Vocabulary-free Image Classification

Alessandro Conti1, Enrico Fini1, Massimiliano Mancini1, Paolo Rota1, Yiming Wang2, and Elisa Ricci1,2


Recent advances in large vision-language models have revolutionized the image classification paradigm. Despite showing impressive zero-shot capabilities, a pre-defined set of categories, a.k.a. the vocabulary, is assumed at test time for composing the textual prompts. However, such assumption can be impractical when the semantic context is unknown and evolving. We thus formalize a novel task, termed as Vocabulary-free Image Classification (VIC), where we aim to assign to an input image a class that resides in an unconstrained language-induced semantic space, without the prerequisite of a known vocabulary. VIC is a challenging task as the semantic space is extremely large, containing millions of concepts, with hard-to-discriminate fine-grained categories. In this work, we first empirically verify that representing this semantic space by means of an external vision-language database is the most effective way to obtain semantically relevant content for classifying the image. We then propose Category Search from External Databases (CaSED), a method that exploits a pre-trained vision-language model and an external vision-language database to address VIC in a training-free manner. CaSED first extracts a set of candidate categories from captions retrieved from the database based on their semantic similarity to the image, and then assigns to the image the best matching candidate category according to the same vision-language model. Experiments on benchmark datasets validate that CaSED outperforms other complex vision-language frameworks, while being efficient with much fewer parameters, paving the way for future research in this direction.

1 University of Trento
2 Fondazione Bruno Kessler (FBK)

Task definition

Vocabulary-free Image Classification aims to assign a class \(c\) to an image \(x\) without prior knowledge on \(C\), thus operating on the semantic class space \(\mathcal{S}\) that contains all the possible concepts. Formally, we want to produce a function \(f\) mapping an image to a semantic label in \(\mathcal{S}\), i.e. \(f: \mathcal{X}\rightarrow \mathcal{S}\). Our task definition implies that at test time, the function \(f\) has only access to an input image \(x\) and a large source of semantic concepts that approximates \(\mathcal{S}\). VIC is a challenging classification task by definition due to the extremely large cardinality of the semantic classes in \(\mathcal{S}\). As an example, ImageNet-21k [1], one of the largest classification benchmarks, is \(200\) times smaller than the semantic classes in BabelNet [2]. This large search space poses a prime challenge for distinguishing fine-grained concepts across multiple domains as well as ones that naturally follow a long-tailed distribution.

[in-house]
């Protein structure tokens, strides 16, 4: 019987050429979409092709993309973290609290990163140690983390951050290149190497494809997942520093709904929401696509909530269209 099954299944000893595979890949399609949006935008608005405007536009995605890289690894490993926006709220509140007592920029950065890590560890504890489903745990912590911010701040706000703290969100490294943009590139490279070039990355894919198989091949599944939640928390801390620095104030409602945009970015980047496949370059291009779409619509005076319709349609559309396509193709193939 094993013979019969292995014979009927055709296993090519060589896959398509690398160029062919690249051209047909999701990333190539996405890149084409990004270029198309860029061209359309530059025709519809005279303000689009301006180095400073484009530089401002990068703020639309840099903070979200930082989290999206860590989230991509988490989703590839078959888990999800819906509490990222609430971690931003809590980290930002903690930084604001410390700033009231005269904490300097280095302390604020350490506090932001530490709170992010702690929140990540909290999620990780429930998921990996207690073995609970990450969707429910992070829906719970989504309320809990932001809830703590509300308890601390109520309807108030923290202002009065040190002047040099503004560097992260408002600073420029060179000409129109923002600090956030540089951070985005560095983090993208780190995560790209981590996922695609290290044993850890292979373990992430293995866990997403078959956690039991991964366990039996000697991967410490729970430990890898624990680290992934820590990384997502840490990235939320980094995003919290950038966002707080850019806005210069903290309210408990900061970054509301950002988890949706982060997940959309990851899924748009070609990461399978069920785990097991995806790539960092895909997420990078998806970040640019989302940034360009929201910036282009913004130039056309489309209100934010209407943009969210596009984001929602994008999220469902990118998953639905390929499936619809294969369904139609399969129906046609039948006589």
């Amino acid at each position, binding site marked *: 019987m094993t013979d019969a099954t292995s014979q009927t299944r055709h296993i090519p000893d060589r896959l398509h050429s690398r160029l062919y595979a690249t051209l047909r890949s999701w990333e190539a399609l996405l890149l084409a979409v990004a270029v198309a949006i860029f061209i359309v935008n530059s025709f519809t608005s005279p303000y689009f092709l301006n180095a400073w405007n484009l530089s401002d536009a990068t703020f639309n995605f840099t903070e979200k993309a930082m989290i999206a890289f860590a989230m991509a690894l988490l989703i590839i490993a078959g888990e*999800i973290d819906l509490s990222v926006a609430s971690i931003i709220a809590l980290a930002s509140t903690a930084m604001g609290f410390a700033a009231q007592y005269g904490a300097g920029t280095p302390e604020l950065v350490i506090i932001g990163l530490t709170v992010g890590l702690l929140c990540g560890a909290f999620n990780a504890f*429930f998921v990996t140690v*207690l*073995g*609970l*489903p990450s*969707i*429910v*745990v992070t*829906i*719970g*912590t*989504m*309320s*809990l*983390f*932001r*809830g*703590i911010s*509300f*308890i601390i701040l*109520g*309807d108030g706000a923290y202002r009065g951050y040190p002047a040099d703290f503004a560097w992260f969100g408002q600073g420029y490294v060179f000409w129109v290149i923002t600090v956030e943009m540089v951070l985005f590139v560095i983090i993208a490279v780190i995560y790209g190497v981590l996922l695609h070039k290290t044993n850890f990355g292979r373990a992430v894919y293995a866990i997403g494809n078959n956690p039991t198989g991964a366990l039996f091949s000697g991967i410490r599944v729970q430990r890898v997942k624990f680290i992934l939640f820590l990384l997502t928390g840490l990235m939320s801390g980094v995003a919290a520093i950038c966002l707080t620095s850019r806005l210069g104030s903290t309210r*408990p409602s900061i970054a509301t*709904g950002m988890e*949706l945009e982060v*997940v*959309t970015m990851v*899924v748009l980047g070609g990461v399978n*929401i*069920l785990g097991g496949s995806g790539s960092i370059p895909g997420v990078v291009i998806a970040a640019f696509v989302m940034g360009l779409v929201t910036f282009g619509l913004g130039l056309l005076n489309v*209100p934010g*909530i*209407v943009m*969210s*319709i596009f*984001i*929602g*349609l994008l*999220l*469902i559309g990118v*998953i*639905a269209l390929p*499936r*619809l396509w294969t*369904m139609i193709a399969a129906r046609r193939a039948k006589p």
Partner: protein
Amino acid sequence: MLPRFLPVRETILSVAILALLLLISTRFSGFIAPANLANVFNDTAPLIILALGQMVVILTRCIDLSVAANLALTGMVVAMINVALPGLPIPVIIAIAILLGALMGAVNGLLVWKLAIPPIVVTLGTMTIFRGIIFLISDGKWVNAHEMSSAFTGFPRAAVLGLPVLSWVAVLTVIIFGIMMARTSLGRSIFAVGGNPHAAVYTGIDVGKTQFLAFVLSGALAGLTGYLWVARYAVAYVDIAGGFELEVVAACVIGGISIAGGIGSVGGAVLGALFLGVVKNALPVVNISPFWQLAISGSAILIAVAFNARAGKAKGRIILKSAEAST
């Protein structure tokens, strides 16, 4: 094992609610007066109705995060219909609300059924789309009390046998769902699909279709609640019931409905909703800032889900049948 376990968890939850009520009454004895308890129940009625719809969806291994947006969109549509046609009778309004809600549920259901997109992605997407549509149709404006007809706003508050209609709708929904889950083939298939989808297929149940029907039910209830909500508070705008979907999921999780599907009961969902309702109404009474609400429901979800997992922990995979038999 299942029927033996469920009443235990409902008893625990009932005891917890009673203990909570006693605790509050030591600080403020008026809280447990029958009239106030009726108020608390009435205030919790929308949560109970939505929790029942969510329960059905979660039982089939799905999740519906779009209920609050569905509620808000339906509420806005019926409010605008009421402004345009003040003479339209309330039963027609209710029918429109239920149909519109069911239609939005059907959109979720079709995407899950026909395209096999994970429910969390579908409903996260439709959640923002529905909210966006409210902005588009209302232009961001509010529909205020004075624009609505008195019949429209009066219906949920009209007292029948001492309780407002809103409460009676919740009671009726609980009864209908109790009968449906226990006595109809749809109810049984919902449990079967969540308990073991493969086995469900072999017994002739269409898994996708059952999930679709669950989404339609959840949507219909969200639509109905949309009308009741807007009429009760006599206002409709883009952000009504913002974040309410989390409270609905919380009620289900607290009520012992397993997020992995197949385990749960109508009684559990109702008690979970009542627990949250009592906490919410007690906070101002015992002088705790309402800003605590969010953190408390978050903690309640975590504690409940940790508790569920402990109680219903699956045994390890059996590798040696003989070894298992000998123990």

Figure 1: Vision-Language Model (VLM)-based classification

Figure 2: Vocabulary-free Image Classification

Method overview

Our proposed method CaSED finds the best matching category within the unconstrained semantic space by multimodal data from large vision-language databases. Figure 3 provides an overview of our proposed method. We first retrieve the semantically most similar captions from a database, from which we extract a set of candidate categories by applying text parsing and filtering techniques. We further score the candidates using the multimodal aligned representation of the large pre-trained VLM, i.e. CLIP [3], to obtain the best-matching category.

Figure 3: Overview of CaSED. Given an input image, CaSED retrieves the most relevant captions from an external database filtering them to extract candidate categories. We classify image-to-text and text-to-text, using the retrieved captions centroid as the textual counterpart of the input image.



We follow existing works [4, 5] and use ten datasets that feature both coarse-grained and fine-grained classification in different domains: Caltech-101 (C101) [6], DTD [7], EuroSAT (ESAT) [8], FGVC-Aircraft (Airc.) [9], Flowers-102 (Flwr) [10], Food-101 (Food) [11], Oxford Pets (Pets), Stanford Cars (Cars) [12], SUN397 (SUN) [13], and UCF101 (UCF) [14]. Additionally, we used ImageNet [1] for hyperparameters tuning.

Quantitative results

We evaluate CaSED in comparison to other VLM-based methods on the novel task Vocabulary-free Image Classification with extensive benchmark datasets covering both coarse-grained and fine-grained classification.

Figure 4: Cluster Accuracy on the ten datasets. Green is our method, gray shows the upper bound.

Figure 5: Semantic Similarity on the ten datasets. Values are multiplied by x100 for readability. Green highlights our method and gray indicates the upper bound.

Figure 6: Semantic IoU on the ten datasets. Green is our method, gray shows the upper bound.

Qualitative results

We report some qualitative results of our method applied on three different datasets, namely Caltech-101 (first row), Food101 (second row), and SUN397 (last row), where the first is coarse, and the last two are fine-grained, focusing on food plates and places respectively. For each, we present a batch of five images, where the first three represent success cases and the last two show interesting failure cases. Each sample shows the image we input to our method with the top-5 candidate classes. Note that for each image CaSED generates an average of 35 candidate names, but we show only the five with the highest scores as computed in Eq. 6 in the main manuscript.


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